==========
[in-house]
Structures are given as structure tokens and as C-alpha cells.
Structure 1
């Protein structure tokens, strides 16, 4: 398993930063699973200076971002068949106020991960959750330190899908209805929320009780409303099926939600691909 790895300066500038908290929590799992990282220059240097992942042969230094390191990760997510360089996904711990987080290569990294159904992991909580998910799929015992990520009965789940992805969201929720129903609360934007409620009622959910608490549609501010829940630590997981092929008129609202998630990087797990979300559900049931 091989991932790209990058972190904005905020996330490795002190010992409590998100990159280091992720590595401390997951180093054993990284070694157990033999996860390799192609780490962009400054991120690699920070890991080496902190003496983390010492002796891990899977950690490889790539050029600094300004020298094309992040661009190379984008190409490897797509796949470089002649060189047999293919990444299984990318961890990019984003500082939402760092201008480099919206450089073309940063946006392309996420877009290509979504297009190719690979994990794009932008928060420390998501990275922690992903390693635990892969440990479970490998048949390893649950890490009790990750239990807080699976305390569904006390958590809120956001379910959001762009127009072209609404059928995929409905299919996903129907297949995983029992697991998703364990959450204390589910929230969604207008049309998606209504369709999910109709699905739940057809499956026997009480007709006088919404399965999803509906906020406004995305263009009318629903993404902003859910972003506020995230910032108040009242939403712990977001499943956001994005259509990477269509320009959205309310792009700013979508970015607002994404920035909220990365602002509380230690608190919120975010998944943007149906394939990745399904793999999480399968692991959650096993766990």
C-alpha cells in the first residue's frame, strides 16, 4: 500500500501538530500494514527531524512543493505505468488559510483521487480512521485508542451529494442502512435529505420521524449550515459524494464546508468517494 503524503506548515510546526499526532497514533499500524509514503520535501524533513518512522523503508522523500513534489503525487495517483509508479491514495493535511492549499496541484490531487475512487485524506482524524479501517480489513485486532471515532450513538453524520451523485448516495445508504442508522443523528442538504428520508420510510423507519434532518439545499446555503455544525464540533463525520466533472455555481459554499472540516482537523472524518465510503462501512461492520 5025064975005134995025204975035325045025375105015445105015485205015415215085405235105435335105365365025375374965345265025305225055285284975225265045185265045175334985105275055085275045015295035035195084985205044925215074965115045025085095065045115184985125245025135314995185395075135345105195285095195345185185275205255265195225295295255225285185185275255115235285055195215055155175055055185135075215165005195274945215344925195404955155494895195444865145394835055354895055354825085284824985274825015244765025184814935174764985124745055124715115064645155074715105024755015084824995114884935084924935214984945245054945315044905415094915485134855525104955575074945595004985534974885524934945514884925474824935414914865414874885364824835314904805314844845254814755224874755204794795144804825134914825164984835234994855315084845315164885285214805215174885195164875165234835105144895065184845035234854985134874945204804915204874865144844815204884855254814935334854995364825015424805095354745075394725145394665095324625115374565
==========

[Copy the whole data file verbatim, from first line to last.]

[in-house]
Structures are given as structure tokens and as C-alpha cells.
Structure 1
């Protein structure tokens, strides 16, 4: 398993930063699973200076971002068949106020991960959750330190899908209805929320009780409303099926939600691909 790895300066500038908290929590799992990282220059240097992942042969230094390191990760997510360089996904711990987080290569990294159904992991909580998910799929015992990520009965789940992805969201929720129903609360934007409620009622959910608490549609501010829940630590997981092929008129609202998630990087797990979300559900049931 091989991932790209990058972190904005905020996330490795002190010992409590998100990159280091992720590595401390997951180093054993990284070694157990033999996860390799192609780490962009400054991120690699920070890991080496902190003496983390010492002796891990899977950690490889790539050029600094300004020298094309992040661009190379984008190409490897797509796949470089002649060189047999293919990444299984990318961890990019984003500082939402760092201008480099919206450089073309940063946006392309996420877009290509979504297009190719690979994990794009932008928060420390998501990275922690992903390693635990892969440990479970490998048949390893649950890490009790990750239990807080699976305390569904006390958590809120956001379910959001762009127009072209609404059928995929409905299919996903129907297949995983029992697991998703364990959450204390589910929230969604207008049309998606209504369709999910109709699905739940057809499956026997009480007709006088919404399965999803509906906020406004995305263009009318629903993404902003859910972003506020995230910032108040009242939403712990977001499943956001994005259509990477269509320009959205309310792009700013979508970015607002994404920035909220990365602002509380230690608190919120975010998944943007149906394939990745399904793999999480399968692991959650096993766990």
C-alpha cells in the first residue's frame, strides 16, 4: 500500500501538530500494514527531524512543493505505468488559510483521487480512521485508542451529494442502512435529505420521524449550515459524494464546508468517494 503524503506548515510546526499526532497514533499500524509514503520535501524533513518512522523503508522523500513534489503525487495517483509508479491514495493535511492549499496541484490531487475512487485524506482524524479501517480489513485486532471515532450513538453524520451523485448516495445508504442508522443523528442538504428520508420510510423507519434532518439545499446555503455544525464540533463525520466533472455555481459554499472540516482537523472524518465510503462501512461492520 5025064975005134995025204975035325045025375105015445105015485205015415215085405235105435335105365365025375374965345265025305225055285284975225265045185265045175334985105275055085275045015295035035195084985205044925215074965115045025085095065045115184985125245025135314995185395075135345105195285095195345185185275205255265195225295295255225285185185275255115235285055195215055155175055055185135075215165005195274945215344925195404955155494895195444865145394835055354895055354825085284824985274825015244765025184814935174764985124745055124715115064645155074715105024755015084824995114884935084924935214984945245054945315044905415094915485134855525104955575074945595004985534974885524934945514884925474824935414914865414874885364824835314904805314844845254814755224874755204794795144804825134914825164984835234994855315084845315164885285214805215174885195164875165234835105144895065184845035234854985134874945204804915204874865144844815204884855254814935334854995364825015424805095354745075394725145394665095324625115374565